It's a good thing Elton John is not in charge of the world. Our British friend would ban religion, according to this article: http://www.cnn.com/2006/SHOWBIZ/Music/11/13/britain.eltonjohn.ap/index.html
Or, could it be, that banning "religion" might be a good thing?
Now, I don't want to bash Elton. I like Elton - well, at least, I like his music, and I don't know him personally so I can't say I don't like him as a person. He seems like a good guy. Given that, I feel compelled to make some observations regarding his comments to ban religion.
I agree with him that "religion," in and of itself, seems pretty horrible. Religion is basically a set of "don't" rules that simply tell us what not to do. Religion has no regard, it seems, for how we are behave toward one another. I think a perfect example of religion would be those folks who picket gay rallies with signs that say stuff like "Turn or Burn," or "God hates fags." Take, for instance, that horrible group the Westboro Baptist Church in Kansas. (If you are unfamiliar with this group, look here: http://en.wikipedia.org/wiki/Westboro_Baptist_Church
Take, for another instance, the fact that Christ himself was most harsh on the "religious" of his day, the Pharisees - those who were sparkley clean on the outside, but on the inside were reeking tombs. It seems even today we can see the "religious" all around us.
So, in essence, I agree with our friend Elton: BAN RELIGION!
But before we get too carried away, let's consider less the religious aspects of Christianity since I contend 'Christianity done right' is not religious. Rather, it is a way of life, a heart change, directions to live like Christ. Aren't Christians, after all, supposed to be Christ followers? And what are we Christians to do? What is the greatest commandment? Love God, love others, right? Right. So why is it that one of our blackest marks seems to be those from the outside looking in saying, "I don't want to go in there. I don't want to be like them." Maybe it has more to do with most of us acting religious instead of being actual disciples of Christ.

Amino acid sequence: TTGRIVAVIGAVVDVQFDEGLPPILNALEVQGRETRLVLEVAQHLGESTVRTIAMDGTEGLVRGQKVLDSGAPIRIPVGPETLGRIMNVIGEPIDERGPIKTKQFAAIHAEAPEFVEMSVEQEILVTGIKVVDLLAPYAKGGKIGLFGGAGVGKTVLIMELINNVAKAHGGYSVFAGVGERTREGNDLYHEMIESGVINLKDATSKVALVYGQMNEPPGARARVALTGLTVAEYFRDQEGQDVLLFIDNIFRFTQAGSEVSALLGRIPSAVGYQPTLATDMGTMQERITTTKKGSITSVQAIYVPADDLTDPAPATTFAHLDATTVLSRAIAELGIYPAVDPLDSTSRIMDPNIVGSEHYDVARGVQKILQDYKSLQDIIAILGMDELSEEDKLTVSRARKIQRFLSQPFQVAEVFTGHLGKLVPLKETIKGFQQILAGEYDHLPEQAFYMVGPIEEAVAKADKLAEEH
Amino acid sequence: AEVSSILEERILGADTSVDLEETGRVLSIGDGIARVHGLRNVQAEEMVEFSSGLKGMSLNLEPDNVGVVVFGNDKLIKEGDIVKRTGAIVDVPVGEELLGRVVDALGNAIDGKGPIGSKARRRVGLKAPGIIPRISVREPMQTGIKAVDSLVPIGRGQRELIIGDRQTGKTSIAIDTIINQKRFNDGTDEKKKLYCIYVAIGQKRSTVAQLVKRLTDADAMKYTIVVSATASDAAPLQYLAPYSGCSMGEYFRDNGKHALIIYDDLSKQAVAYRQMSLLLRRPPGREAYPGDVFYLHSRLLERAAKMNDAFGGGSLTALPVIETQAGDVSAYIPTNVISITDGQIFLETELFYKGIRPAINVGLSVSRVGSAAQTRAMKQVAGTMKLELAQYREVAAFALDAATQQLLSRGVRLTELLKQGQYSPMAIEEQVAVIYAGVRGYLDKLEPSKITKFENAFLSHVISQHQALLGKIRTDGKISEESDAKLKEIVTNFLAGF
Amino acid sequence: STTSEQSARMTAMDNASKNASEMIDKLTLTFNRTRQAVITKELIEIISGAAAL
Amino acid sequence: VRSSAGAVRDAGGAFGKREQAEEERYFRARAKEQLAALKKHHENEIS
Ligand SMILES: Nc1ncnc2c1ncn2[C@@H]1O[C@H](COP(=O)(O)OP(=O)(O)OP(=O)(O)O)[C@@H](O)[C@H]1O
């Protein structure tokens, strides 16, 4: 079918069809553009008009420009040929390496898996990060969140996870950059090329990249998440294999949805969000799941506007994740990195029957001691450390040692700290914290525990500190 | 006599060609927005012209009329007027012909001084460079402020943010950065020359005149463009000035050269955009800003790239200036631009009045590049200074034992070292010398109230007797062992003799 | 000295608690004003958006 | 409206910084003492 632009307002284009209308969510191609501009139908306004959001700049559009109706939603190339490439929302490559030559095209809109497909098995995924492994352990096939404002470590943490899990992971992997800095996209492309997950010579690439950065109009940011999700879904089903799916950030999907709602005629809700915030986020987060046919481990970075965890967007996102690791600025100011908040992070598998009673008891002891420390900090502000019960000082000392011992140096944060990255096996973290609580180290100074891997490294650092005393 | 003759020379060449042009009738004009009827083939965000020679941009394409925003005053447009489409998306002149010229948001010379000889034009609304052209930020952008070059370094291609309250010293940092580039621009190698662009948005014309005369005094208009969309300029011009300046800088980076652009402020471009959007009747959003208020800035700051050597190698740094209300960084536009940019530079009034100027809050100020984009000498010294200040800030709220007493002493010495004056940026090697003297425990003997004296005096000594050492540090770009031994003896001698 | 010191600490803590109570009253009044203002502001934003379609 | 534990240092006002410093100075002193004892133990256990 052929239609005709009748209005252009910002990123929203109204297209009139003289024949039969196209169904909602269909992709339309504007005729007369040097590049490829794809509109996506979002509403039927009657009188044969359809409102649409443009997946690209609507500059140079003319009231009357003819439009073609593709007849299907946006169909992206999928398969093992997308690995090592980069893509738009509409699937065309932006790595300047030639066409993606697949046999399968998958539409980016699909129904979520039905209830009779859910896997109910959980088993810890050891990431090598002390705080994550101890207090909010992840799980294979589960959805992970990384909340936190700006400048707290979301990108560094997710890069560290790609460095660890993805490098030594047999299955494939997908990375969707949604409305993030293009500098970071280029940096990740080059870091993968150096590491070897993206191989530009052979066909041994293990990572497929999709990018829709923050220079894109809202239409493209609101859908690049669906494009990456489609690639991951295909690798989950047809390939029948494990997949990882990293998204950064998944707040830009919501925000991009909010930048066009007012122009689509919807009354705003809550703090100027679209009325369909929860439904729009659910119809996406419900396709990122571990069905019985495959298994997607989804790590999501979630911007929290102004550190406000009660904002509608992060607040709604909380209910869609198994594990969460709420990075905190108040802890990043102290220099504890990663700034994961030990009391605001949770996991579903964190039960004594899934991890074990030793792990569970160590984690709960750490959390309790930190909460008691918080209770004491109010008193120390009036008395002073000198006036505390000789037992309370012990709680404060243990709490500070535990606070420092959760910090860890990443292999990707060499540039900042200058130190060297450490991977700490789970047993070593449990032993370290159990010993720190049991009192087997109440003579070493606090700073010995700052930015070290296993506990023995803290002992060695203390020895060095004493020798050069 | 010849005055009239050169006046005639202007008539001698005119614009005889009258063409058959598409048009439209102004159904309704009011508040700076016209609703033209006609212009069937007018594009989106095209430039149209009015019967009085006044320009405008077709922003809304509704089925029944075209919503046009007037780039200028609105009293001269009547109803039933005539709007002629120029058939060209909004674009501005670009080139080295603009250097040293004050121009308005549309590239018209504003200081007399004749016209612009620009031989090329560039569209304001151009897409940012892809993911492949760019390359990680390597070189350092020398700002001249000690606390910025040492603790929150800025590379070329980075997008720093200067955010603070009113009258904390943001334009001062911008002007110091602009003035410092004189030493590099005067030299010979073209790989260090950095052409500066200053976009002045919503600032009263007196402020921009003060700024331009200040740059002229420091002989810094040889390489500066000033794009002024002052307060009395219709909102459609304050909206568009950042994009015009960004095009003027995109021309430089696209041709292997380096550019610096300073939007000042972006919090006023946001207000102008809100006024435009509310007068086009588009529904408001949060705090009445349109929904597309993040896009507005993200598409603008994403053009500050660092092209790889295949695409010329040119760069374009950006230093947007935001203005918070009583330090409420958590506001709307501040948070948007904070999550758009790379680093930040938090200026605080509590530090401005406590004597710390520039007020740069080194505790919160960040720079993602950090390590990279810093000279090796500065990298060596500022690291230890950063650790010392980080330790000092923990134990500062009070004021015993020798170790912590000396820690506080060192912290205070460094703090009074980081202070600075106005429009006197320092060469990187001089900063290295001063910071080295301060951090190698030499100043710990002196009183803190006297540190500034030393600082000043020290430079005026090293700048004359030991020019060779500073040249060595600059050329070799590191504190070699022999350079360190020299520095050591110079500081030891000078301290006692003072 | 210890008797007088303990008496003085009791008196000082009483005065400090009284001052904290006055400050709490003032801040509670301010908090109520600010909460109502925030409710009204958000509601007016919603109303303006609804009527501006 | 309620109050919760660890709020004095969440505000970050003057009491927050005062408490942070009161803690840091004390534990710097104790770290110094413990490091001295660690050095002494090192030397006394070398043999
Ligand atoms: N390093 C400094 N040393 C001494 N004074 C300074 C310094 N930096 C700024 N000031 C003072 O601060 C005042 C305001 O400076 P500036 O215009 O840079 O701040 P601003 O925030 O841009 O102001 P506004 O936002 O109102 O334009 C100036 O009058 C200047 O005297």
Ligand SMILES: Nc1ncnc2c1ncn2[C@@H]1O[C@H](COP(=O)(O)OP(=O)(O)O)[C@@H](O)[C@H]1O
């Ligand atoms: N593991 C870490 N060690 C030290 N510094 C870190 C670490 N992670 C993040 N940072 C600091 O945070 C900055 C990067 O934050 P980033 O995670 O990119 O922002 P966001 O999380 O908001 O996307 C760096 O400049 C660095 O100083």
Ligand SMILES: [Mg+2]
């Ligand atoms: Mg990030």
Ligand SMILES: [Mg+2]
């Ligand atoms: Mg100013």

That said, while I do think there is an element of truth in what our friend Elton is trying to say, we must be careful that we don't condone particular behaviors simply by saying that we love others. I think gay people pretty much get sick of hearing Christians, many of whom still have their own brands of sin running rampant in their lives, tell them "you're sinning, but we love you anyway so quit being gay." Now, I firmly don't believe it's wrong to say that homosexuality is wrong. But the hypocrisy that exudes from many Christians when they're saying it just begs criticism from non Christians. The point is that many of us don't really show others we love them, we just say we do and that doesn't set well.
Given that, I also think it's clear that some people, homosexual and others, willingly run in the opposite direction from Christianity because it calls wrong what wrong is: wrong. And they run in the opposite direction because they want to continue to live the way they want to live, not the way God called all of us to live.
But still ... there's an element of truth to what our friend Elton says. "Religion" does
promote hatred and spite against gay people because "religion" is
simply a set of rules to be followed and doesn't involve any kind of heart change. So, in that sense, I say, "Right on, Elton. Ban religion."
But if you're running away from becoming a Christ follower because you simply don't want to live Christ's way and you want to live your way, then we should all keep praying for Elton and millions like Elton. I don't expect those who first become Christ followers to immediately change their habits - changing us is God's work and often has very little to do with those of us who say others should change.
So, I say, let's welcome Elton and other gay people into the ranks of Christ followers and ban religion. It's for God to change them, not for us to change them.